|Synth Site: Alesis: QS6 Synth: User reviews Add review|
|Average rating: 4.0 out of 5|
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|oded abramovich a part-timer user from israel writes:|
i bought it after eating so much shit with my korg x3.to my surprize,the thing is still in a full working order (i own it for more than a year ,and gigged with it quite a lot).it excells in everything ,excluding the pianos which are intresting as an fm piano ,though i bought the piano qcard and it sounds great,if only the price............
|Rating: 5 out of 5 posted Sunday-Jan-17-1999 at 14:21|
|Atomik a part-timer user from US writes:|
I feel that this board was (and still is) a great deal for the person looking for good sound, polyphony, good range of sounds, built-in effects and a c.h.e.a.p. price. The basses are great and I like some of the "synth" sounds. Most of the acoustic instruments sounds are okay and if you slap some reverb on them, they pretty much sound like a real instrument with reverb (whoever would do this and actually record it, i don't know). In general, for around $750US, this is a good board.
Annoyances (not major): The QS6 has great sounds in "Program" mode, but understand that these are fully wet. In Mix mode, I found it difficult to get the same type of sound out of the thing do to the limitation of only two effects types per "group" in multitimbral mode. If you resolve to do your songs with only certain effects on certain channels, then you should be able to find a happy medium (for example, your drum track will probably not have reverb). (2) The interface is goofy. Make sure you have a computer based editor/librarian. Making multisounds or groups is a chore through the keyboard, but most modern sequencers can handle this stuff. If it weren't for the effects in multimode and the goofy interface, I'd give this a 5.
FYI: I remember doing a head-to-head comparison with the Korg N364, the Roland XP, and the QS6 (all less than $1K)...IMHO, the Alesis was *by far* the best of the three. 8^B
|Rating: 4 out of 5 posted Tuesday-Dec-15-1998 at 20:54|
|Chad Gould from USA writes:|
Organ imitations are excellent, that's what I use it for. Piano is only okay, but it works over a PA. There's a few string patches that are pretty good. As a do-it-all bread-and-butter synth, it works cause its cheap and it doesn't have the New Age ambience of the Korg ROMplers or the irritating highs of the Roland JVs / XPs. It's just there. I wish it had better choir samples (it almost has none!) but I'll take it for the other stuff. I'm not a big fan of ROMplers in general, so this works on the cheap.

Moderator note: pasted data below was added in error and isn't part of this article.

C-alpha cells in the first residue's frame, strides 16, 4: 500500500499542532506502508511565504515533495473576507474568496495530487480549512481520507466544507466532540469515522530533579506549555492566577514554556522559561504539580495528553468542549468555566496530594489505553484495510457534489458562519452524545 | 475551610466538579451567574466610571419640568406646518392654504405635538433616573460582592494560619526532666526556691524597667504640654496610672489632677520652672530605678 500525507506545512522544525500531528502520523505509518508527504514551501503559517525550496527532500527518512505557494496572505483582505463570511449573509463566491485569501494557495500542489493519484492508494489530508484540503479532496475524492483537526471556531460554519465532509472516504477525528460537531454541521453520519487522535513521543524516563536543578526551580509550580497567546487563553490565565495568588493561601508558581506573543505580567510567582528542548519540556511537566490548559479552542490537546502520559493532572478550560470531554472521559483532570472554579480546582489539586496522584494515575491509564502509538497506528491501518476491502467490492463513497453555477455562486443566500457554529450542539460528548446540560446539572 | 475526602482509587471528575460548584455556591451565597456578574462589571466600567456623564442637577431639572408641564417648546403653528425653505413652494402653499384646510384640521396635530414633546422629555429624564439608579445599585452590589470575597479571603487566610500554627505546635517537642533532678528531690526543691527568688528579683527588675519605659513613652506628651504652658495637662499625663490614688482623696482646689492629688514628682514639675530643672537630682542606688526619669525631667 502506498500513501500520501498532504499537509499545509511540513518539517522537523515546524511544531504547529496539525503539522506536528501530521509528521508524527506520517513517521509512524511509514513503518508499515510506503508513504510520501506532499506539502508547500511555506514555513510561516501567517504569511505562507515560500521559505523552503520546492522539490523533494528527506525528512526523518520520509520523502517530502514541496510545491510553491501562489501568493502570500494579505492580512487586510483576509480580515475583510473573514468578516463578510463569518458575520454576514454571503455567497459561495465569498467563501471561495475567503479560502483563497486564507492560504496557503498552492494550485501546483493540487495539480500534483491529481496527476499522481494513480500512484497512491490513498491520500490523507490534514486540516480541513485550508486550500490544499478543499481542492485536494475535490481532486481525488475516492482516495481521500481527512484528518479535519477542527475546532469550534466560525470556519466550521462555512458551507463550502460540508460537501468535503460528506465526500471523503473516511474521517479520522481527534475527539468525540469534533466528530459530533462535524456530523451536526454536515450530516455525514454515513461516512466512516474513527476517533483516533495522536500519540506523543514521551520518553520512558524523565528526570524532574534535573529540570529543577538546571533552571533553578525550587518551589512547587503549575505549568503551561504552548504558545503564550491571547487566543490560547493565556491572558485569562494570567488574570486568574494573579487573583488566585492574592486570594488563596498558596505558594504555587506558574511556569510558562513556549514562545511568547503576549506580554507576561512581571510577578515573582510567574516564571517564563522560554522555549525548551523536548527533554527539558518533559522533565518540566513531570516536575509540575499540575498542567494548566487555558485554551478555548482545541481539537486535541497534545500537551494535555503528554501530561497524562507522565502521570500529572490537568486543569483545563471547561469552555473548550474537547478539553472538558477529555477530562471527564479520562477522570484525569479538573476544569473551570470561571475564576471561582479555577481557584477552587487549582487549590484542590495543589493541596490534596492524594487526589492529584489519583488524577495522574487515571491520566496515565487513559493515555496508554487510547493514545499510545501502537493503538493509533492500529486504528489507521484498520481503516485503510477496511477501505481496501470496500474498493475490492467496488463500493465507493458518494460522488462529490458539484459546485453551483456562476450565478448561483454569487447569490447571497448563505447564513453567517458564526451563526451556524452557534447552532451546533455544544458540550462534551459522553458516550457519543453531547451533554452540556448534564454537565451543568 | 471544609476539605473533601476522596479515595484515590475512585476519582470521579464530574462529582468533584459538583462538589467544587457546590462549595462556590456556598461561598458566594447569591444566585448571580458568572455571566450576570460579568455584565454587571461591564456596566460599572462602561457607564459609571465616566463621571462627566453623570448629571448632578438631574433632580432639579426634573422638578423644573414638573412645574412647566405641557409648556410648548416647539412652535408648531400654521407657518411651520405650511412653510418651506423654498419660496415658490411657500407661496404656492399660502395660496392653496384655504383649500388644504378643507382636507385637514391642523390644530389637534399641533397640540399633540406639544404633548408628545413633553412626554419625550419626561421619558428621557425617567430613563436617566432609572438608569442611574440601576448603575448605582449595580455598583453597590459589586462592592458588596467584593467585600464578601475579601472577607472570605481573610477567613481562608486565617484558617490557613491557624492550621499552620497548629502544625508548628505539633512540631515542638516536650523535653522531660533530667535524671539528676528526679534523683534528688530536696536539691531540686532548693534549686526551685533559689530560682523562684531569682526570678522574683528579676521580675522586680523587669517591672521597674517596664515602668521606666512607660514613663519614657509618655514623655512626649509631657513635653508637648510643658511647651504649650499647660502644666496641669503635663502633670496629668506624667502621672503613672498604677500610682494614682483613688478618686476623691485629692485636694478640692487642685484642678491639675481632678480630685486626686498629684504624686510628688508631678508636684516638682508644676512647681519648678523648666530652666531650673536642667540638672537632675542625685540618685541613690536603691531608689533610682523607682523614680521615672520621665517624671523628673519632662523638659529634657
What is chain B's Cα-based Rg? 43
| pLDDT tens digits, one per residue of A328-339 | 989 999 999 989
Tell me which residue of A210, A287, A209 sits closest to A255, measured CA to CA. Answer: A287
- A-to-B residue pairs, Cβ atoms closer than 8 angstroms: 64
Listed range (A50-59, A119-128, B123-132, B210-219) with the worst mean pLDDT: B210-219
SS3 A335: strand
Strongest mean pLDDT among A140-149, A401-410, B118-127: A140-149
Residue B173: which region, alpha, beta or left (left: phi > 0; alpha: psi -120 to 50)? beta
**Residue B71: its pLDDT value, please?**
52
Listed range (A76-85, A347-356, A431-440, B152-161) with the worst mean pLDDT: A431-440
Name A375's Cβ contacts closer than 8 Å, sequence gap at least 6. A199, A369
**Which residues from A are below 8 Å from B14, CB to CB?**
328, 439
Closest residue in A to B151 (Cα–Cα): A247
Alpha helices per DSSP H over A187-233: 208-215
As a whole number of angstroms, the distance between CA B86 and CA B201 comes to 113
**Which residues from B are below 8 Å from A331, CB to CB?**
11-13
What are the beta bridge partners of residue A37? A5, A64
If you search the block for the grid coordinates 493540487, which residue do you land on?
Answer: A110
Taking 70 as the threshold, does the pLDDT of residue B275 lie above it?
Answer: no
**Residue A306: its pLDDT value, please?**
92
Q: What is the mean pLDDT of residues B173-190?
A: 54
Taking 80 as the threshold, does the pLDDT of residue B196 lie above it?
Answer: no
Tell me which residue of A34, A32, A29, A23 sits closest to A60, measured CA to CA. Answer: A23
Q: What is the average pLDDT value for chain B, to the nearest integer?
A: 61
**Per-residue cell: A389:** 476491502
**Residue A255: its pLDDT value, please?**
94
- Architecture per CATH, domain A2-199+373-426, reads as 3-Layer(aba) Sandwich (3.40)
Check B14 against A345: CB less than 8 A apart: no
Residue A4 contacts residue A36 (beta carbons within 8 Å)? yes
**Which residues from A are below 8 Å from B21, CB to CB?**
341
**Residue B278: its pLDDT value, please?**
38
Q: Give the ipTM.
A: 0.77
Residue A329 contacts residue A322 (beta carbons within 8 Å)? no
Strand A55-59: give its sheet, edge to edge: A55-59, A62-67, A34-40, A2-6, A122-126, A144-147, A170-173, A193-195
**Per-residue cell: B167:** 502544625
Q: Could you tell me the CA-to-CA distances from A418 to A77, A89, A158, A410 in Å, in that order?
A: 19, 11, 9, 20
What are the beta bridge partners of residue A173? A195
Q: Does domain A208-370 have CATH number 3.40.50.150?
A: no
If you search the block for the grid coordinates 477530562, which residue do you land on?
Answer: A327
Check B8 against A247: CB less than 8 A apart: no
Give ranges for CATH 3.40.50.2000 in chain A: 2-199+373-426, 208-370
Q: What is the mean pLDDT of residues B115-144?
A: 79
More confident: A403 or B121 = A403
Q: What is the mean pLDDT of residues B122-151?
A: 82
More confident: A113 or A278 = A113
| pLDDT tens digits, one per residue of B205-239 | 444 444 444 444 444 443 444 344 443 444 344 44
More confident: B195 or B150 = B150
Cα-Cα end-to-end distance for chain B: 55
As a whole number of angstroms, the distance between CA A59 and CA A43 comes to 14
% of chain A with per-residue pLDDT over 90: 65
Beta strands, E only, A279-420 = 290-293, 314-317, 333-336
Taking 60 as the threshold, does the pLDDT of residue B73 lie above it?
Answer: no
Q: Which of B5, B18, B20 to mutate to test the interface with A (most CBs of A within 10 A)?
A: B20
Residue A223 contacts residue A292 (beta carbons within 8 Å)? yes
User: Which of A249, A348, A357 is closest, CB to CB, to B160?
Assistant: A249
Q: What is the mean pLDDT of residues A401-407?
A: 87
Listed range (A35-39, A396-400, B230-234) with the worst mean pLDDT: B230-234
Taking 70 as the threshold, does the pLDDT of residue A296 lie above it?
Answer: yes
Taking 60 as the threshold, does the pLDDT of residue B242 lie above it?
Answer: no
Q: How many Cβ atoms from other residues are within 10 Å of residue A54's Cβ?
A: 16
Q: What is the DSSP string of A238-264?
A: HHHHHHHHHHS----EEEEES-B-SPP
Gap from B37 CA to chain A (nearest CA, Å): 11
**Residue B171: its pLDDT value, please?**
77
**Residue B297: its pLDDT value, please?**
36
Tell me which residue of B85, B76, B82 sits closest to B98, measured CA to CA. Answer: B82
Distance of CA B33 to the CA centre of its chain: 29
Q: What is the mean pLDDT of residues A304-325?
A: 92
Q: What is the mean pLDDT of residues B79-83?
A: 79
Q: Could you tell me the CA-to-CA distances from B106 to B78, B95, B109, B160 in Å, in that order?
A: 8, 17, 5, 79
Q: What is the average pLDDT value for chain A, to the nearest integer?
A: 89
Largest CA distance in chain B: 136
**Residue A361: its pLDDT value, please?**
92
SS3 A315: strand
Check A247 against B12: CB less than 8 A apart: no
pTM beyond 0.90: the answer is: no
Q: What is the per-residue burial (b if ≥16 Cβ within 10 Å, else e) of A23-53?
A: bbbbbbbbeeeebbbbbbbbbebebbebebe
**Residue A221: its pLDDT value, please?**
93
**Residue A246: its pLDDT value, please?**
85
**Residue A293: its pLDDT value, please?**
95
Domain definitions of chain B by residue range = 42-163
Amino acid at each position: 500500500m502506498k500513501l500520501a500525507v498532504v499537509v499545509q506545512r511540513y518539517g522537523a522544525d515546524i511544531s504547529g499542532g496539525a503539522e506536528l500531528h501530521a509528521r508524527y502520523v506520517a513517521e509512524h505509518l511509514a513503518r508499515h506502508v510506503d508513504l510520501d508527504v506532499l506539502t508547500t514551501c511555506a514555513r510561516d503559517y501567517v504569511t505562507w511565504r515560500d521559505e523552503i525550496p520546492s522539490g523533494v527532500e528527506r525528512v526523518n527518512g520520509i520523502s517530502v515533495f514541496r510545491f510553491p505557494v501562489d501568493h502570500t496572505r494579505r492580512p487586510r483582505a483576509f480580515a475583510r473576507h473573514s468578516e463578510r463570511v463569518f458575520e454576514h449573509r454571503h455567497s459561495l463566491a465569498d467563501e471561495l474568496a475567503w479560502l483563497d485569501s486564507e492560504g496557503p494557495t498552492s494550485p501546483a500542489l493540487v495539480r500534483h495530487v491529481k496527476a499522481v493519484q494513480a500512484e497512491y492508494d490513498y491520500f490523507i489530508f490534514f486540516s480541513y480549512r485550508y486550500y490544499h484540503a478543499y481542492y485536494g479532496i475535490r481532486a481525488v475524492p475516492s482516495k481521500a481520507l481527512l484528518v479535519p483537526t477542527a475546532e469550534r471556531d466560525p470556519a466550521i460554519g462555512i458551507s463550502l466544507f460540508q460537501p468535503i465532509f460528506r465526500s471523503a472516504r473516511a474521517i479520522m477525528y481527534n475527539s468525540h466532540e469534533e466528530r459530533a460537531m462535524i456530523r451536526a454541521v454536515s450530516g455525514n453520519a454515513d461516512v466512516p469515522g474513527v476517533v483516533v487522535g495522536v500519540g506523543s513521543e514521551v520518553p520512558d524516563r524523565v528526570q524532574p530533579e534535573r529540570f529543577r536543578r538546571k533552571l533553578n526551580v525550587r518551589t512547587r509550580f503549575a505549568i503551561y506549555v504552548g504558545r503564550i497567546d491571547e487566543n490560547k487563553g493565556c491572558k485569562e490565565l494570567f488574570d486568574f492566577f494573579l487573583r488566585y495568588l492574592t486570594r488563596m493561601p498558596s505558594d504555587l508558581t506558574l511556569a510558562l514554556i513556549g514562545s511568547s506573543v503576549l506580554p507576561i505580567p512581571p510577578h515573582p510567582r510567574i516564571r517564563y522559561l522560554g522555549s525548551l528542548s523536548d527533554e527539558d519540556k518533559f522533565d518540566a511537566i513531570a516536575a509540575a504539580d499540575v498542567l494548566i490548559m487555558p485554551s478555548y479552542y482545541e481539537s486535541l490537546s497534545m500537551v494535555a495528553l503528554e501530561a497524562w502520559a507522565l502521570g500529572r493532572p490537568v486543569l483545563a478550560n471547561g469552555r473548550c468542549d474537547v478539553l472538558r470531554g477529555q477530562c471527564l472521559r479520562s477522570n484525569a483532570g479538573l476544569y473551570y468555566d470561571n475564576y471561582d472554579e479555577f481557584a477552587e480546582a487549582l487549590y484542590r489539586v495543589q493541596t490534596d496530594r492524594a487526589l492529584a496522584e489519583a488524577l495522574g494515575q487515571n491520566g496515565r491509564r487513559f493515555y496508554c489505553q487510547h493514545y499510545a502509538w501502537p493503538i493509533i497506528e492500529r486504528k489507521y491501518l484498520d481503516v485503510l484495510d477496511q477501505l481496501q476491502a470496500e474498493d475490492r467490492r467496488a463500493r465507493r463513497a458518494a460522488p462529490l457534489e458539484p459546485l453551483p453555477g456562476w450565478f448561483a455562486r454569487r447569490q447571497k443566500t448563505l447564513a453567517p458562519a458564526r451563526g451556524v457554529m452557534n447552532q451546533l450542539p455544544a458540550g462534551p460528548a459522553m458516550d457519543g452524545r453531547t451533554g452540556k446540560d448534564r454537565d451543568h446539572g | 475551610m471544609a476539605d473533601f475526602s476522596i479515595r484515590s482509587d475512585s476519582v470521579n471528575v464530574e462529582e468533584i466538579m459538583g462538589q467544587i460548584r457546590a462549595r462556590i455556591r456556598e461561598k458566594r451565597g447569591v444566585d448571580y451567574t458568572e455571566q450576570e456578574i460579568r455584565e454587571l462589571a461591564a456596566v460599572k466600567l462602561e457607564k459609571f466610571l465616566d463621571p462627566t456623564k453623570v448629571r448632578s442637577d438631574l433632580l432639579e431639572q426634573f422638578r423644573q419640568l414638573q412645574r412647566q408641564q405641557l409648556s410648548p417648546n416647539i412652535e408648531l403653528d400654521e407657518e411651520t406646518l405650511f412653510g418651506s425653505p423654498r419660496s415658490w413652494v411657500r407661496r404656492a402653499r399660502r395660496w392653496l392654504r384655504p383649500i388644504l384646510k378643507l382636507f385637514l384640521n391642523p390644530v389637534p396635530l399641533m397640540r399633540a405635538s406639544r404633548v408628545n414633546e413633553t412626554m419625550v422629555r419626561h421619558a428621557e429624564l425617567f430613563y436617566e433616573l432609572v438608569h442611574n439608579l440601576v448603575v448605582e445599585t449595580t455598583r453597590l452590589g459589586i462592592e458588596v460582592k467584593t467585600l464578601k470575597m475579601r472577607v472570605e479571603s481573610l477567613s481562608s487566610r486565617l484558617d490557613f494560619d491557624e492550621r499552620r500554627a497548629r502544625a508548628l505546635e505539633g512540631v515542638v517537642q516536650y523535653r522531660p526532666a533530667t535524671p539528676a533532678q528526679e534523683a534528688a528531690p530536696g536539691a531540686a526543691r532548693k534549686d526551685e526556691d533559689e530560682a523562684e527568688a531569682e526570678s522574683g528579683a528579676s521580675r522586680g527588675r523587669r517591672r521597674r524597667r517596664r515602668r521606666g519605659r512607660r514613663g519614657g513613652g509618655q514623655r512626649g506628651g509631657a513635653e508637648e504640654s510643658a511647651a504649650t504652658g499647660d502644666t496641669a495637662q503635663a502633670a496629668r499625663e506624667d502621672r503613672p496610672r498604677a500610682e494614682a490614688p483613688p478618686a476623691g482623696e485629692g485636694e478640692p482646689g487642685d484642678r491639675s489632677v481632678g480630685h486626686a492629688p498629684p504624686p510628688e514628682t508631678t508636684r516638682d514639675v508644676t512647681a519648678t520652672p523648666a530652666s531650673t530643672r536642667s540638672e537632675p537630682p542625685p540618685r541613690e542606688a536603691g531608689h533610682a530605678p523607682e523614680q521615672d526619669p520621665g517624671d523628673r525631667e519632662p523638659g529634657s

|Rating: 3 out of 5 posted Monday-Oct-26-1998 at 19:37|
|Achim Haag a hobbyist user from Germany writes:|
I bought a used box last weekend and now, hours of playin later, I´m totally in love with the weighted keys, they remember me to my old last-century piano ;-) . The organs are very impressive, strings are usable, Rhodes very nice but the pianos (compared to my cheap PSR-220) sounds very dull, even the e-pianos, I think even R.Charles wouldn´t get any action out of it... The synth sounds have very enjoying gimmicks but I can´t use the most of them in traditional rock songs. Nevertheless, they are a good examples of the piece´s flexibility and for your my programming.
The biggest disappointment were the effects. Someone wrote about 4 FX-units, but there are only 4 FX-inputs to which you can route the sounds. The effect processor consists of patches, of which you have one to choose. The patches have different capabilities (lezlie, reverb, delay, overdrive and so on). This works fine in program mode but in mix mode (if you have to replace half an orchestra in your band), its desastrous.
Example: "gimmie somme lovin", I have to play brass and organ. A good preset brass needs the chorus, a good preset organ needs the lezlie/overdrive. If you split the keyboard, you have to choose between brass with lezlie/overdrive (grrrmbll) or organ with nearly no effects (except you modify the organ to use chorus - uuaahh). I didn´t find a way in the manual to use multiple FX patches simultaneously and I think there isn´t one.
So in the future I have to buy another synth, maybe a rack modell with the one half of the alesis as master keyboard (I like the keys really).
|Rating: 2 out of 5 posted Thursday-Oct-22-1998 at 18:59|
|Bruddah Max a professional user from United States of America writes:|
a great budget synth, although most of the presets are the usual lounge/new age/effects lot that sounds good in a store. the drum sets, however, are phenomenal for a piece of kit in this price range. the user interface, however, is sheer crapola, although alesis is kind enough to supply a free alesis-only version of unisynth to program from your computer. not a good synth to play back general MIDI - yeah, it's acceptable, but really thin sounding. great for pads and digital synth sounds (someone mentioned depeche mode and new order - i agree). no resonance, so forget the dive bombs, but alesis put in some waves with nasty overtones that creative programming can yeild some very alpha juno-esque sounds. definitely load and listen to the Qessence Unisyn soundbanks on the CD - much better than their user selection, and good starting points for programming. i wouldn't recommend it for anyone interested in programming who doesn't have a computer, since again it has a piss poor user interface. suprisingly deep effects section and just about everything can be modded by something else (no sync to MIDI, though) for interesting expressive playing sounds. worth your while to dig into unisyn - this synth engine is powerful!
|Rating: 4 out of 5 posted Thursday-Sep-17-1998 at 03:20|
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